GFWC NC Kings Mountain Woman’s Club, in partnership with the Kings Mountain Police Department, planted a pinwheel garden on April 1 to inform citizens of the need to prioritize child abuse prevention.  According to NC Child, 114,806 child abuse cases were investigated across NC in 2022 (most recent data), and 19,639 were substantiated. That is a rate of 7.6 cases per 1,000 population of children investigated in a single year. (Photo by GFWC NC Kings Mountain Woman’s Club)

Cherry Blossom Festival & Antique Car Show coming to Cherryville

 Join the Spring festivities as downtown Cherryville comes alive on Friday, April 19, for the annual Cherry Blossom Festival. Held at the Gazebo Mini-Park on 219 East Main Street from 5:00 pm to 10:00 pm, the event promises an evening of music and fun for the whole family. Live entertainment by Dirty Grass Soul will be the highlight, accompanied by various food vendors, rides, and attractions. Don’t miss the Miss Cherry Blossom Pageant, adding to the festive atmosphere. The public is invited to enjoy this delightful outdoor venue with a charming gazebo and a picturesque picnic area. The Cherryville Chamber of Commerce proudly sponsors the Cherry Blossom Festival.
Gear up for the 23rd Annual Antique and Classic Cars & Trucks Show located at 111 North Mountain Street in Cherryville, on Saturday, April 20,  hosted by the C. Grier Beam Truck Museum and Gift Shop. From 10:00 am to 5:00 pm, this prestigious judge’s show will showcase classic cars and trucks aged 25 years or older. Trophies in various categories will be up for grabs, including Modified & Original Cars & Trucks, Most Unique Vehicle, Best Hotrod, and Club Participation.
The event, sponsored by Michael Beam & FleetNet America, will also feature Eating Contests, Bounce Houses, Arts & Crafts, and a range of Food and Beverage Vendors. In case of rain, mark your calendars for the rain date on Saturday, August 31.
The Annual Antique and Classic Cars & Trucks Show is held in conjunction with the Cherry Blossom Festival, offering a double dose of entertainment for attendees.
Admission is free. Register now to display and showcase a car in the show at a discounted rate of $20 in advance or $25 on the day of the show. Visit www.BeamTruckMuseum.com for registration and further details.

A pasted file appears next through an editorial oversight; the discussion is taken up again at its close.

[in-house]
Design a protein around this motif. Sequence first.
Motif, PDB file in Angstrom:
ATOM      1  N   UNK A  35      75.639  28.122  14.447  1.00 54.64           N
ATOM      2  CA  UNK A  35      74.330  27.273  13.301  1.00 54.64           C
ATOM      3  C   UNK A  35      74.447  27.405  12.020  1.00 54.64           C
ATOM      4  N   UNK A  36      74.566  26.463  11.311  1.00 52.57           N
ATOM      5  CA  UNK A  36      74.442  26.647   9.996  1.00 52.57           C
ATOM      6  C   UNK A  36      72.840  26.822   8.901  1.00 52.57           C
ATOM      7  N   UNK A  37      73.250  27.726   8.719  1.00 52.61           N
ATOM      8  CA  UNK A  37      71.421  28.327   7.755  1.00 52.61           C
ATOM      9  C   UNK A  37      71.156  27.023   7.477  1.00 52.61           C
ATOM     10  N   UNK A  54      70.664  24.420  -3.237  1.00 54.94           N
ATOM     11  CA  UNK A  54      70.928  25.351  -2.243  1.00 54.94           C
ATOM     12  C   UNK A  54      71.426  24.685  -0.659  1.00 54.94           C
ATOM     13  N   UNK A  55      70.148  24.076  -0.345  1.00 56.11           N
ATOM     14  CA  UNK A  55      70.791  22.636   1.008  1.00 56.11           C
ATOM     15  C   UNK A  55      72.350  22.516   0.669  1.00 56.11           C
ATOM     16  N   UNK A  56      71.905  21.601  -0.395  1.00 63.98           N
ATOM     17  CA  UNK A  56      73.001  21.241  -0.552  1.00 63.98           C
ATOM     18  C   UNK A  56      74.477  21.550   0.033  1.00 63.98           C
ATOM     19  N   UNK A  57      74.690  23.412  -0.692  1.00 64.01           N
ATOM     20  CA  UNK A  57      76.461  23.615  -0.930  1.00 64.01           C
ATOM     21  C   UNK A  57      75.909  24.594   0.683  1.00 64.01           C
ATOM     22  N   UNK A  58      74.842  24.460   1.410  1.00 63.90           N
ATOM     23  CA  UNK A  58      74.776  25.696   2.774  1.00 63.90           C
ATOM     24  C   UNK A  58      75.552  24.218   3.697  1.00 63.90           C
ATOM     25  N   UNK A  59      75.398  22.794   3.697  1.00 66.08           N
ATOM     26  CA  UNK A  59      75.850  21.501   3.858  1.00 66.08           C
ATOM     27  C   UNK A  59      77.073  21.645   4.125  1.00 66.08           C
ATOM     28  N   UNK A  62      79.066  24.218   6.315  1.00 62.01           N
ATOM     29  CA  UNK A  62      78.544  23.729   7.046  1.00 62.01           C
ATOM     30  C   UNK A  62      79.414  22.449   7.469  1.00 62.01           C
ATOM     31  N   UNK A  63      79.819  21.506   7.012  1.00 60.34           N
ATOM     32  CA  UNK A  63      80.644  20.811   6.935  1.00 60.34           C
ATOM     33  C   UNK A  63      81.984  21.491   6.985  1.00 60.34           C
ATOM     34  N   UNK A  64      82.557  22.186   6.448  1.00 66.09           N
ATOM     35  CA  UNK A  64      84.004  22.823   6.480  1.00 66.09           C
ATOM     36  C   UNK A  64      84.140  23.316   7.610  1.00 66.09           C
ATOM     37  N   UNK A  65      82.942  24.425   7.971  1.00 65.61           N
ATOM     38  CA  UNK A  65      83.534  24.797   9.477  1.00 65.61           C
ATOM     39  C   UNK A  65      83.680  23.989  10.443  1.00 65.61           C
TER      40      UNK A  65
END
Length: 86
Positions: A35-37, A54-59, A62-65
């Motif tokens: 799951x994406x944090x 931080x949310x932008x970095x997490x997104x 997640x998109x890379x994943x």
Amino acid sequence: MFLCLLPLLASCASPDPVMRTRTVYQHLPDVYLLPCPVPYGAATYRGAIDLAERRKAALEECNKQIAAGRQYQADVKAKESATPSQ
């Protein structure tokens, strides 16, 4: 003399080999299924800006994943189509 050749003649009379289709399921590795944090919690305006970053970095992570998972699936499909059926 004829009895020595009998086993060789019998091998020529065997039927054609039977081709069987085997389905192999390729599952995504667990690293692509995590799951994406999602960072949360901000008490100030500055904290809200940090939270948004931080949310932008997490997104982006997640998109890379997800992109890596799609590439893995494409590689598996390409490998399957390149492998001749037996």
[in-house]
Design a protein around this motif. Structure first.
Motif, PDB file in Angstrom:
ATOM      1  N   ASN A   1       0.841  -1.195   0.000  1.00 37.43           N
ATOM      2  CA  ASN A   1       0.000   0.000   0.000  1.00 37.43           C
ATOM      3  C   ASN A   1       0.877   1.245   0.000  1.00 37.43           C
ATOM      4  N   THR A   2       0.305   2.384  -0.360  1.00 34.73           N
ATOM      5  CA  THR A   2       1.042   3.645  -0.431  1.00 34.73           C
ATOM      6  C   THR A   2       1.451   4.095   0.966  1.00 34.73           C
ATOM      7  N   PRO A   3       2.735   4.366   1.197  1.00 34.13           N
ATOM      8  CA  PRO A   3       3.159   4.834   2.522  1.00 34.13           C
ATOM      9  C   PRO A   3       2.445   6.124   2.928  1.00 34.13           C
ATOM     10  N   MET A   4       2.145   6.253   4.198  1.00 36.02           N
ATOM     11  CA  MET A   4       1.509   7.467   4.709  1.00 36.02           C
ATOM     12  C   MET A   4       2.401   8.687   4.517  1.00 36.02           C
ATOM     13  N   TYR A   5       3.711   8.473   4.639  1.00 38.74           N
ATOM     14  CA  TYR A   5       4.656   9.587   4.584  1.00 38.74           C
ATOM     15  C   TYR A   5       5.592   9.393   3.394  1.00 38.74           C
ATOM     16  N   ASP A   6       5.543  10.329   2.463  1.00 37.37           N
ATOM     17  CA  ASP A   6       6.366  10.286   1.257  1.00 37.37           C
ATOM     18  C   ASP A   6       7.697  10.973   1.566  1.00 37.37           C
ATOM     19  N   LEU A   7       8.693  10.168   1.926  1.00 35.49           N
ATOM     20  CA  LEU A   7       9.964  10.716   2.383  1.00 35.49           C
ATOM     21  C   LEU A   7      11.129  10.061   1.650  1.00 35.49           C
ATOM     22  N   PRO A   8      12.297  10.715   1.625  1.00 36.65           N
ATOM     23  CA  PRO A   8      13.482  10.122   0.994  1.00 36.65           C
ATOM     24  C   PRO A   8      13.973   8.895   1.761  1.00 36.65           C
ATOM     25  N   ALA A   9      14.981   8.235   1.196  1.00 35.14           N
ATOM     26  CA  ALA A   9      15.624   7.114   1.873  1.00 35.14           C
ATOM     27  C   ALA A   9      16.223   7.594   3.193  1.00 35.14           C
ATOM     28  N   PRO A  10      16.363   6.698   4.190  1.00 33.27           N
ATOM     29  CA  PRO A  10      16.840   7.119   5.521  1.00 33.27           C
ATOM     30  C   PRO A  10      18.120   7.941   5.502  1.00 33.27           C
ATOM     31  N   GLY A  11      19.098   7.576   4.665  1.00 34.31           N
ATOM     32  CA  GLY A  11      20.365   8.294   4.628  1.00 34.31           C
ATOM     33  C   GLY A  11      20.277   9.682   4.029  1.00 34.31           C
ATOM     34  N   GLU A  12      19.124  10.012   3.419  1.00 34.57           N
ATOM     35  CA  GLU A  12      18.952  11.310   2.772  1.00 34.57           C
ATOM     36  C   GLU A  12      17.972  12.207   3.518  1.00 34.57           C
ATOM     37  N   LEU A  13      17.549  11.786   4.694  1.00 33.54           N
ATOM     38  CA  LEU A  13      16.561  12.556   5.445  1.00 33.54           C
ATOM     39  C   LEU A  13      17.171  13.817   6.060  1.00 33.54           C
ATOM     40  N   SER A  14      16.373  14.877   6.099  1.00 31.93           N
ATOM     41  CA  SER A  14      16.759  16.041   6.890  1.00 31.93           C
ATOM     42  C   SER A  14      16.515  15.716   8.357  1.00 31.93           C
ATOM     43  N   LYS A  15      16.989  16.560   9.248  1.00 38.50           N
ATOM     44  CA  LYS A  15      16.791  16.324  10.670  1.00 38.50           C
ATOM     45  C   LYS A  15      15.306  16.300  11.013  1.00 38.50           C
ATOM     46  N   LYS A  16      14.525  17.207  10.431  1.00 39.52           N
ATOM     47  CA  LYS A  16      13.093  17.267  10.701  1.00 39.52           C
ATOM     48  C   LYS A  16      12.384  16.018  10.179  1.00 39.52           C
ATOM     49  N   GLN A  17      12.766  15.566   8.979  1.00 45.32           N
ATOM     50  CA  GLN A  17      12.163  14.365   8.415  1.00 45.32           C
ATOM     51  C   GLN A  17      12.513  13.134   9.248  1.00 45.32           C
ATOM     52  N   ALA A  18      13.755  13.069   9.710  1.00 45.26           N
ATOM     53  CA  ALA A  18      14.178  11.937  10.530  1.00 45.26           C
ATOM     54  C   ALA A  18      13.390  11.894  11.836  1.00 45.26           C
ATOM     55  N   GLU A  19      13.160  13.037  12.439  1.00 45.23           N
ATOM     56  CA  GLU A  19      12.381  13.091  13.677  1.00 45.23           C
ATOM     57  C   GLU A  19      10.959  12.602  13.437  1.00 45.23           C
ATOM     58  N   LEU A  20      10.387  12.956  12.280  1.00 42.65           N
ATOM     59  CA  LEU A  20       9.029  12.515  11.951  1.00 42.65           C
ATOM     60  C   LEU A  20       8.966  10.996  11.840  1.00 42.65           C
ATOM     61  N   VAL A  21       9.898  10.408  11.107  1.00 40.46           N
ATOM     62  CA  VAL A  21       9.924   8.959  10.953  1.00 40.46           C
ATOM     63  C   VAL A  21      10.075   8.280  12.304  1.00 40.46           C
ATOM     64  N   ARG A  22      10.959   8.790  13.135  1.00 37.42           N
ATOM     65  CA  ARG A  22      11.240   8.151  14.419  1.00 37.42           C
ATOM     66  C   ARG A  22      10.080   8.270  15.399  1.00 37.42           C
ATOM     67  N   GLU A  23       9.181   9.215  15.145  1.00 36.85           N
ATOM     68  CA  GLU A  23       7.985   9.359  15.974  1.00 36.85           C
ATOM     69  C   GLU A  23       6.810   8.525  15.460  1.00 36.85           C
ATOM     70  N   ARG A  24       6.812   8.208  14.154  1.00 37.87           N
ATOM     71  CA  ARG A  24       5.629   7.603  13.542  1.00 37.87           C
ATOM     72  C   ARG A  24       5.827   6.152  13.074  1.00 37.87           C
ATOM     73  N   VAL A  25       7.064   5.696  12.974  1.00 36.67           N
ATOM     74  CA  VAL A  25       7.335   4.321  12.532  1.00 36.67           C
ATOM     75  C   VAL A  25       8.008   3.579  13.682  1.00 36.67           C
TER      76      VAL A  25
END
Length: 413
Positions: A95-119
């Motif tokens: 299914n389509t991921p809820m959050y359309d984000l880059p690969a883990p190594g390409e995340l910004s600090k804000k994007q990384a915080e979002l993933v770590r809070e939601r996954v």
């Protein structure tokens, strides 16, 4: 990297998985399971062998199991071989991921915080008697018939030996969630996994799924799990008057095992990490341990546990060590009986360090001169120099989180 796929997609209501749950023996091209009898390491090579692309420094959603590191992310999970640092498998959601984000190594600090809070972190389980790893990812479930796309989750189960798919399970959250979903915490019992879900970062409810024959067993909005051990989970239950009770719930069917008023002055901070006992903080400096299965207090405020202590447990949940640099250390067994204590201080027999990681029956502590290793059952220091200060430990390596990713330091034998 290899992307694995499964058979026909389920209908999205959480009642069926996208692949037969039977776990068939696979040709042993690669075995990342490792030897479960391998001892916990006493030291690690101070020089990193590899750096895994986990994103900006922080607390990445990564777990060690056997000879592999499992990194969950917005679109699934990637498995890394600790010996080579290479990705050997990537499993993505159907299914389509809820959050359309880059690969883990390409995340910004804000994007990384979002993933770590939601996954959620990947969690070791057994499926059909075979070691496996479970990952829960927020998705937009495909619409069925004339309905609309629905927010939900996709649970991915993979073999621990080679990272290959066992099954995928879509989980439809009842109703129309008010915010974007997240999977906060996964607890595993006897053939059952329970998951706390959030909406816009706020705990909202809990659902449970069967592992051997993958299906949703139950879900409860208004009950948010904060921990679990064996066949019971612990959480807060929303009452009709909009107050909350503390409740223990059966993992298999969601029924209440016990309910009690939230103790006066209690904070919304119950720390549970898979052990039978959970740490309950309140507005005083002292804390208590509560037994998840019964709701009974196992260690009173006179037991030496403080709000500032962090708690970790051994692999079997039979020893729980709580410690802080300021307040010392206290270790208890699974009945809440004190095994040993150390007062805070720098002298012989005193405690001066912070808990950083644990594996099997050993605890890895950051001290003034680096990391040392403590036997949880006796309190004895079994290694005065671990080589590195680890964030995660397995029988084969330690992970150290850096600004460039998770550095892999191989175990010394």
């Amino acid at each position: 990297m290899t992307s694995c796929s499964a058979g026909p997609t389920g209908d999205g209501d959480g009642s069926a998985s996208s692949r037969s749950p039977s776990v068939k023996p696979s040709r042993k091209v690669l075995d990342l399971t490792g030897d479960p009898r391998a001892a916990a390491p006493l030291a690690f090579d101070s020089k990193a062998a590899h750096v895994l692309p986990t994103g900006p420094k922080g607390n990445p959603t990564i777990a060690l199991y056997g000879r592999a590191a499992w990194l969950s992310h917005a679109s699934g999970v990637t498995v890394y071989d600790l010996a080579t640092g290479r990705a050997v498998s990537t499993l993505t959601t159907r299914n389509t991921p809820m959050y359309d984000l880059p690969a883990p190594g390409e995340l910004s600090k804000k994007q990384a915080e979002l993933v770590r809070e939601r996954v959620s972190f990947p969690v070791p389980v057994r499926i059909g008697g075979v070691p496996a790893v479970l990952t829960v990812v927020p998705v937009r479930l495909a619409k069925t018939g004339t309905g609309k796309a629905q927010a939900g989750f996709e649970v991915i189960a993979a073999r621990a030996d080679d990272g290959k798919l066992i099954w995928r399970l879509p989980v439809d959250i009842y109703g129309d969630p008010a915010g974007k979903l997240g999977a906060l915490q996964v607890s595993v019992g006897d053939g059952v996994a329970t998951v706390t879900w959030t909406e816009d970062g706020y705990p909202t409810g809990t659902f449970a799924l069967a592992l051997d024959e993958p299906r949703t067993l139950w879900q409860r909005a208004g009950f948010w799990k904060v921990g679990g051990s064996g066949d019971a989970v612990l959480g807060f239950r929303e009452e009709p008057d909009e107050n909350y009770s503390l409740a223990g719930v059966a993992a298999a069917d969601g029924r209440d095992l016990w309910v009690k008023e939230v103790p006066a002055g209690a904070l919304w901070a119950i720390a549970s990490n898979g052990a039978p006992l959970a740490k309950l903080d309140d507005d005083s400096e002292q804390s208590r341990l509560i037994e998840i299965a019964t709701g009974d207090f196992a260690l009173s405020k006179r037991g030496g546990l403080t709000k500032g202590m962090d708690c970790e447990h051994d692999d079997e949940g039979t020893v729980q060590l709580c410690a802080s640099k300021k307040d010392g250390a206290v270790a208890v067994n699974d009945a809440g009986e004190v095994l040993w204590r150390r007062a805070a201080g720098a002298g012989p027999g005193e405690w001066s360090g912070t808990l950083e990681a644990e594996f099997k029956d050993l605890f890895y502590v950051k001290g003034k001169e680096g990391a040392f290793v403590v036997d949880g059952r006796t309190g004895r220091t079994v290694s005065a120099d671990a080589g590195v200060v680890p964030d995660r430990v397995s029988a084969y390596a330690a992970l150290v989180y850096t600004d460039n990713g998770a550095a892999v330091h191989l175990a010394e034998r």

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Solar Eclipse, Devil Comet, and Nova Outburst present sky shows over KM
By Loretta Cozart

Join the community for an unforgettable experience, witnessing the solar eclipse on April 8. The event will commence at 1:30 pm at the Kings Mountain Gateway Trail at 807 S. Battleground Avenue. Weather permitting, stargazers will gather in the parking lot for an optimal view.
The Cleveland County Astronomical Society will be present to share valuable insights and offer telescopic views of this celestial event. Additionally, the Mauney Memorial Library will provide eclipse-themed activity books for children, while Albemarle Kings Mountain will distribute free viewing glasses while supplies last.
From our vantage point in North Carolina, spectators will witness a partial eclipse, determined by the alignment of the moon’s orbit with the Sun and Earth. The moon will obscure up to 83% of the Sun as it moves across, presenting a captivating visual spectacle. The eclipse will commence around 1:54 pm and reach its peak just before 3:12 pm.
While this eclipse will be more pronounced in other regions of North America, Carolinians are poised to enjoy clear views if weather conditions cooperate. However, to avoid severe eye injuries, participants must refrain from directly looking at the Sun before, during, or after the eclipse.
Inexpensive protective glasses can be obtained to safely observe the eclipse from local retailers such as Staples, Target, and BestBuy or ordered online through leading vendors. Additionally, nearby Warby Parker offers free solar eclipse glasses while supplies last. The American Astronomical Society and other reputable sources provide a list of vendors selling ISO-certified solar eclipse glasses online for those seeking alternatives.
Another safe method of viewing the eclipse is using a homemade pinhole camera-like viewer made from cardboard. Instructions for constructing these viewers can be found easily online. This simple device projects the eclipse image onto a surface, allowing viewers to observe the phenomenon without risking eye damage.
Other remarkable celestial events will soon follow April’s solar eclipse.